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Microsoft Teams vs Cisco Spark, Slack: The Battle Starts

Kirk Koenigsbauer

Microsoft, as expected, has launched Teams — an Office 365 chat-based workspace that potentially rivals Cisco Spark, Slack and other team messaging tools.

Teams is available to Office 365 business customers in 181 markets and 19 languages. The software is integrated with Office applications and provides users with a digital workspace built on four key tenets:

  • Chat: Offers threaded, persistent chat, along with team conversations that can be private or visible to an entire team. In addition, Teams users can access multiple teams and move between projects as needed.
  • Teamwork: Includes Excel, PowerPoint, Word and other Office applications to help foster collaboration.
  • Customization: Provides Teams users with the ability to customize workspaces with tabs, connectors and bots from third-party partners and Microsoft tools like Microsoft Planner and Visual Studio Team Services.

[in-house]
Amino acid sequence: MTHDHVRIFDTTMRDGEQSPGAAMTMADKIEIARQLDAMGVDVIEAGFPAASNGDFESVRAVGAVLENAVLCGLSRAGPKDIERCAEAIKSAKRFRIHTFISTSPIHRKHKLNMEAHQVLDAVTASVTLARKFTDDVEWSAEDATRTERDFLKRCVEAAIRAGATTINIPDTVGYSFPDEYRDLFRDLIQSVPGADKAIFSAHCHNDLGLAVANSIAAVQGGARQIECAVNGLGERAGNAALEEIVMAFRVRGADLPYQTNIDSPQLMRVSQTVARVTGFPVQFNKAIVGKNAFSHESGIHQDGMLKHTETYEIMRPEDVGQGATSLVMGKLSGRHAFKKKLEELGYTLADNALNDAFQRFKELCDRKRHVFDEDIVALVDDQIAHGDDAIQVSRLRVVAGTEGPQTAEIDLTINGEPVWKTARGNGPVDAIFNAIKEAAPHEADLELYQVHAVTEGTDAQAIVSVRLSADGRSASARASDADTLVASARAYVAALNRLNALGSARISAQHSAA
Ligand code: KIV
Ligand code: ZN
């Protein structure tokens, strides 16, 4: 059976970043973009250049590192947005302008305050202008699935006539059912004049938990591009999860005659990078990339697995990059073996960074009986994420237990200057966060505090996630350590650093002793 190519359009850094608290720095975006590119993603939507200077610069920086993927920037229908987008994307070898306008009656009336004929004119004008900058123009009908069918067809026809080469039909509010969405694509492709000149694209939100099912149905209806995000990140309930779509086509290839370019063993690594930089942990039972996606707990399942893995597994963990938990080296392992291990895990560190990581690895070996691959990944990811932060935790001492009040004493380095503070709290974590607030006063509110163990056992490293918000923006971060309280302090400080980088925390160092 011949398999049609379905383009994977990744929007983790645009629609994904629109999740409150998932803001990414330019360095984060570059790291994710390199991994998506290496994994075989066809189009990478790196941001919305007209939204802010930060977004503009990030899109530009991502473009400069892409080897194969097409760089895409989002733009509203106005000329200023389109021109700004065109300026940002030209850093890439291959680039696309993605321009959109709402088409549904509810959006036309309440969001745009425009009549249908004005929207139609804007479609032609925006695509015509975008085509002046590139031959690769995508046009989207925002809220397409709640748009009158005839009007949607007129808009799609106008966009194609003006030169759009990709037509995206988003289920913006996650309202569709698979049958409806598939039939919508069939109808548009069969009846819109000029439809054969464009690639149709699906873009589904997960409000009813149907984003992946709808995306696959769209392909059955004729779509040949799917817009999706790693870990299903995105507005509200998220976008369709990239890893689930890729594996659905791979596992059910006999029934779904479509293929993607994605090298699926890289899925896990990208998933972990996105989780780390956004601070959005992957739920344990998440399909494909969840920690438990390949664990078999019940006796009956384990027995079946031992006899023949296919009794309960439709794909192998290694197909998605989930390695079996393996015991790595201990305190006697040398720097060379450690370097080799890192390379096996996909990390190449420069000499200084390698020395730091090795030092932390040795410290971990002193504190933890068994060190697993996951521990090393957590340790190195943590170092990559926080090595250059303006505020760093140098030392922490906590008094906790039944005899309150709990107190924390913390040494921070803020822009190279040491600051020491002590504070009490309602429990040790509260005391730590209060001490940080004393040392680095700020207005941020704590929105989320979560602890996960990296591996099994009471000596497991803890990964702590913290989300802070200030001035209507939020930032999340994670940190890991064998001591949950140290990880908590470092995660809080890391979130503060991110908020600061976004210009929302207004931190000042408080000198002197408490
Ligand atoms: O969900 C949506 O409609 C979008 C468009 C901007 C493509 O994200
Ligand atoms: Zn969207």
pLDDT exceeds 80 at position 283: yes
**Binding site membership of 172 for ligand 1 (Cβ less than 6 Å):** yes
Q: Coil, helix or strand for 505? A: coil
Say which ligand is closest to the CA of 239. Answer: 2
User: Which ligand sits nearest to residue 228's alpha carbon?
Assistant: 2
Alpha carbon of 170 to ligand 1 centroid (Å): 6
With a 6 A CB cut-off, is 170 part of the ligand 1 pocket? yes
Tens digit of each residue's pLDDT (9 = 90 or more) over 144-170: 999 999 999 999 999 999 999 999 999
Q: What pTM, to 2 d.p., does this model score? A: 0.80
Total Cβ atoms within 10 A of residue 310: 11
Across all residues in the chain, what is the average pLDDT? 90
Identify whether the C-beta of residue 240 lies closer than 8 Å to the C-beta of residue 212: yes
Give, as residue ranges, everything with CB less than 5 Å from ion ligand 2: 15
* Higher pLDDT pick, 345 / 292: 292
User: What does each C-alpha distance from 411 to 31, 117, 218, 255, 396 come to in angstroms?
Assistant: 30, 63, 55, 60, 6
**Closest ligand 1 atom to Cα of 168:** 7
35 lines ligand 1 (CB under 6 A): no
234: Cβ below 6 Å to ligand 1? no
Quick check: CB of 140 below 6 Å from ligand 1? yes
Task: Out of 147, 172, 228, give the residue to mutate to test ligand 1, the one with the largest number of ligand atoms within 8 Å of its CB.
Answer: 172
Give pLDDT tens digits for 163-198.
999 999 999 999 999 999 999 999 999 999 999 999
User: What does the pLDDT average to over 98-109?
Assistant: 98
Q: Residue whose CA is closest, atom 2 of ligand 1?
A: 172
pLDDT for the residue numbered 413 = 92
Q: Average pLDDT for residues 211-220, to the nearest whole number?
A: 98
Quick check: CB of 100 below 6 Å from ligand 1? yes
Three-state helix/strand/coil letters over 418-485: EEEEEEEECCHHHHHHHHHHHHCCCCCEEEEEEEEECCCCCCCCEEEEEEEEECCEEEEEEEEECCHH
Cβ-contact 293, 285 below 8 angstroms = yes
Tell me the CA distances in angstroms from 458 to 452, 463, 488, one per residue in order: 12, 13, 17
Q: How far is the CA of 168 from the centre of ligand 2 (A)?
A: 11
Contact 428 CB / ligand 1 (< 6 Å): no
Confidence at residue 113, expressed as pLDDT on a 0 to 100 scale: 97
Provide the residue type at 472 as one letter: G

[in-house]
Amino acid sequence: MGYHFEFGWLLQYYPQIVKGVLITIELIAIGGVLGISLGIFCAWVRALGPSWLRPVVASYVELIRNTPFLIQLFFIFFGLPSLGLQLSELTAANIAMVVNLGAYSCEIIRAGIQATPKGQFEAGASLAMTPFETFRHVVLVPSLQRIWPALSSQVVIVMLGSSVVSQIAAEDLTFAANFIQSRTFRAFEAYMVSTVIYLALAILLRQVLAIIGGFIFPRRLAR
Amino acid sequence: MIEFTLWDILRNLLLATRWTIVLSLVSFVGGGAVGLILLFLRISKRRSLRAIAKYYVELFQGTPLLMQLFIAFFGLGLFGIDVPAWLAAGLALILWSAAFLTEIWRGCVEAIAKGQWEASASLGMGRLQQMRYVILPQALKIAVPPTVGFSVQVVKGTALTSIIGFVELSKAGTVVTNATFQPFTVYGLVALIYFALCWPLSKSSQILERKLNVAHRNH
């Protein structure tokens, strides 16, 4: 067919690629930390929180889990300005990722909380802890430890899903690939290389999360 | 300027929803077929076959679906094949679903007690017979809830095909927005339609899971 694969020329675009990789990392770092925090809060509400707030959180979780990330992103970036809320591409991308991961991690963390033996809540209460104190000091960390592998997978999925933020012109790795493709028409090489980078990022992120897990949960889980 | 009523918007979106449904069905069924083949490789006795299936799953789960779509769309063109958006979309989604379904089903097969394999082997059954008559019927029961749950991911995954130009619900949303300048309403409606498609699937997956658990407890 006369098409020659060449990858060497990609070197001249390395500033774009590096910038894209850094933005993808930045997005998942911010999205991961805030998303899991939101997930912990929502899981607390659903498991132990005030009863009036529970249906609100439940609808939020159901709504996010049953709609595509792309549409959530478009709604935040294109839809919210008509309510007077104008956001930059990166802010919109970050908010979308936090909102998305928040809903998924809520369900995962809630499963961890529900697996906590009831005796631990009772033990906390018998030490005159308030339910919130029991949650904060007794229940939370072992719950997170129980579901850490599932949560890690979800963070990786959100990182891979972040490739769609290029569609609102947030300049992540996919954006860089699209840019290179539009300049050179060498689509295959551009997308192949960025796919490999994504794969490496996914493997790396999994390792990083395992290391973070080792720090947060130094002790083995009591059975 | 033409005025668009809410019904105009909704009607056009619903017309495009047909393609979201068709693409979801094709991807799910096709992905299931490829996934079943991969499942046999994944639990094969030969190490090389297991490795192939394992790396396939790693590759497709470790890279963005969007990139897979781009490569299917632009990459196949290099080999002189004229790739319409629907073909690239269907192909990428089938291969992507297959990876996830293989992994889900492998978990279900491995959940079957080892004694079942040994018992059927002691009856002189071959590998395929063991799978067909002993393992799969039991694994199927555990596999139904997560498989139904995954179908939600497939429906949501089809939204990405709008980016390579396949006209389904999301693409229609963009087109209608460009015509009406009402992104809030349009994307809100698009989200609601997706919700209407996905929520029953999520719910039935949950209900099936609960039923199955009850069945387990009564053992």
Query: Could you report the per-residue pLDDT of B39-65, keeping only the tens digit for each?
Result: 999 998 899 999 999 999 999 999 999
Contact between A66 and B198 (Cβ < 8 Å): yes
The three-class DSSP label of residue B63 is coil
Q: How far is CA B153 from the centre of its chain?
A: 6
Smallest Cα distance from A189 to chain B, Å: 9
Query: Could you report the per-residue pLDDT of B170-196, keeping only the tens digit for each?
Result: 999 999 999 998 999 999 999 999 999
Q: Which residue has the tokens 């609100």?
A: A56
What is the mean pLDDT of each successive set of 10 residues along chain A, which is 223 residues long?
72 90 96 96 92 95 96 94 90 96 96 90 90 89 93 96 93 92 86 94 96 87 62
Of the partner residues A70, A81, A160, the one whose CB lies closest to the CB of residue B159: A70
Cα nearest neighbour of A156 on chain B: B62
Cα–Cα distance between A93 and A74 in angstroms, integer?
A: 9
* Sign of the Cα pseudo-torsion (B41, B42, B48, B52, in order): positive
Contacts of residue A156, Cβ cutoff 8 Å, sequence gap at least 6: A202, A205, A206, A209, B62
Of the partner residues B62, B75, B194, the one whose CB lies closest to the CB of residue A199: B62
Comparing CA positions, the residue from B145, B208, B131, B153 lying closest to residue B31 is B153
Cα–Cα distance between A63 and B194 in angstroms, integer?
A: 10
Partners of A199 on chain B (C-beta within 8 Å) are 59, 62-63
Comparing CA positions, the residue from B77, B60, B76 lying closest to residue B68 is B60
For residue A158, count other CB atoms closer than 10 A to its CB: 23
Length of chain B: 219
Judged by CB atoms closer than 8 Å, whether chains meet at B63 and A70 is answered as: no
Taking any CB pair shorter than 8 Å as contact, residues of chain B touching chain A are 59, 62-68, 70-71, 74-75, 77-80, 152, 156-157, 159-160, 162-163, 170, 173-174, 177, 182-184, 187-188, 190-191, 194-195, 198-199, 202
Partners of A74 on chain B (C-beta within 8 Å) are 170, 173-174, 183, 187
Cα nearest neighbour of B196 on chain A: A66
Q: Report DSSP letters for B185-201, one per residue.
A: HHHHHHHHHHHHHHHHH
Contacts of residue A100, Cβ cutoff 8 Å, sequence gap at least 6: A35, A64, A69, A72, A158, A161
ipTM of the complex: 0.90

• Security: Features security and compliance capabilities and supports global standards such as SOC 1, SOC 2, EU Model Clauses, ISO27001 and HIPAA.

More than 150 Teams integrations are available or coming soon, Microsoft said in a prepared statement. Also, Microsoft intends to add features and capabilities to its team messaging tool.

“We are targeting to deliver guest access capabilities in June along with deeper integration with Outlook and a richer developer platform. Expect our pace to be rapid and responsive to customer needs,” Kirk Koenigsbauer, corporate vice president for the Office team, wrote in a blog post.

Enterprise Office 365 Adoption Is on the Rise

Teams hopes to piggyback the growing popularity of Office 365. Indeed, Office 365 is exceedingly popular among enterprises, which is reflected in recent data from Skyhigh Networks.

The cloud security and enablement company’s “Office 365 Cloud Adoption and Risk Report” indicated 87 percent of enterprises (organizations with at least 100 employees) have adopted Microsoft cloud-based services, including:

  • Word.
  • Excel.
  • PowerPoint.
  • Exchange Online.
  • OneDrive.
  • SharePoint Online.

Teams and Office 365 may face an uphill battle in smaller businesses, where Skyhigh found that 93 percent of employees are still using Microsoft on-premise solutions. This indicates there is still a “massive opportunity” to transition all employees to Office 365, Skyhigh said in a prepared statement.

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